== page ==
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Health Highlights: April 16, 2013

U.S. Supreme Court Grapples With Gene Patent Questions Chinese Boy Infected With New Bird Flu Shows No Symptoms

Here are some of the latest health and medical news developments, compiled by the editors of HealthDay:

U.S. Supreme Court Grapples With Gene Patent Questions

At a hearing Monday, members of the U.S. Supreme Court expressed doubts that a gene could be patented but also questioned if a decision to prohibit such patents would hinder medical and genetic research.

The court was hearing arguments in a case involving patents held by Utah-based Myriad Genetics on genes linked with an increased risk of breast and ovarian cancer. The justices are being asked to consider whether isolated genes are "products of nature" that cannot be patented or "human-made inventions" that are eligible for patent protection, The New York Times reported.

"Why would a company incur massive investment if it cannot patent?" asked Justice Antonin Scalia, while Justice Sonia Sotomayor noted that an isolated gene was "just nature sitting there."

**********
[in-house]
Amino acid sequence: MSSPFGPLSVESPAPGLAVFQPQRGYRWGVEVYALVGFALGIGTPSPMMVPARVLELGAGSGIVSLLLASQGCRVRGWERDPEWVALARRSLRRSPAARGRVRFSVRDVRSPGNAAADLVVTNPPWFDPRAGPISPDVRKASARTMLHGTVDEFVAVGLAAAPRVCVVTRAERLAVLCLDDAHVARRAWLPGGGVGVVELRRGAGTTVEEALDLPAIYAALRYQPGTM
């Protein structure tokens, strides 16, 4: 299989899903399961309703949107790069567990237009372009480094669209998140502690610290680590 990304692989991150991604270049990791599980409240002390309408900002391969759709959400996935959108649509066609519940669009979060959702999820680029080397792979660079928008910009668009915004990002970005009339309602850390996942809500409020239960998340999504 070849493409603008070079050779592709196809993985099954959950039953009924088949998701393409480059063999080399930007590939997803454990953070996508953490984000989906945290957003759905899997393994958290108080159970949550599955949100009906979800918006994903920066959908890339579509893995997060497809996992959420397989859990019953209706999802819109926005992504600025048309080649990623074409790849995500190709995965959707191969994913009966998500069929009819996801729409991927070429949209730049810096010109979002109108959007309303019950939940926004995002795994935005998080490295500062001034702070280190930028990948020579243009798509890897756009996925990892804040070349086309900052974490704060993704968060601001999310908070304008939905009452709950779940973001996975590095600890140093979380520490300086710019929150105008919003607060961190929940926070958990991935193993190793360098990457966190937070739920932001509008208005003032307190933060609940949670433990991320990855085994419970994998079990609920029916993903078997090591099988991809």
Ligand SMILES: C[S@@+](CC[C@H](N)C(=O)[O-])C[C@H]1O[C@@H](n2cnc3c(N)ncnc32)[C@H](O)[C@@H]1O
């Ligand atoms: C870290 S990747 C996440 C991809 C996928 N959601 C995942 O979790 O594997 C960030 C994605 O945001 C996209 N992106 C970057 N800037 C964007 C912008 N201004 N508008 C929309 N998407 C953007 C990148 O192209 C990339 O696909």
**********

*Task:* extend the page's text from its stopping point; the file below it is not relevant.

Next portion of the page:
The justices attempted to simplify the difficult legal and scientific questions before them by using analogies such as the production of baseball bats, making chocolate chip cookies or finding plants with medicinal qualities, The Times reported.

American Civil Liberties Union lawyer Christopher Hansen told the court that Myriad deserved credit for its work, but not a patent. "What exactly did Myriad invent?" Hansen asked. "The answer is nothing."

Gregory Castanias, a lawyer for Myriad, argued that the genes patented by the company do not occur in nature and were isolated through research.

The court's decision could have a major impact on scientific research and medical testing in the country. It may affect thousands of patented genes along with medicines, vaccines and genetically modified crops, The Times reported.


Chinese Boy Infected With New Bird Flu Shows No Symptoms

A newly diagnosed case of bird flu in a 4-year-old boy who has no symptoms is adding to knowledge about the outbreak in China.

The boy in Beijing tested positive for the H7N9 virus and is considered a carrier of the strain. Officials said Monday that the boy has been placed under observation to see if he develops symptoms, the Associated Press reported.

The boy's infection was detected during a check of people who had contact with a 7-year-old girl who on the weekend was confirmed as Beijing's first case of H7N9. A neighbor of the boy bought chicken from the girl's family.

The boy's case "is very meaningful because it shows that the disease caused by this virus has a wide scope. It's not only limited to critical symptoms. There can also be slight cases, and even those who don't feel any abnormality at all. So we need to understand this disease in a rational and scientific way," Beijing Health Bureau Deputy Director Zhong Congpo said at a news briefing, the AP reported.

So far, the outbreak has caused 63 confirmed infections and 14 deaths in China.


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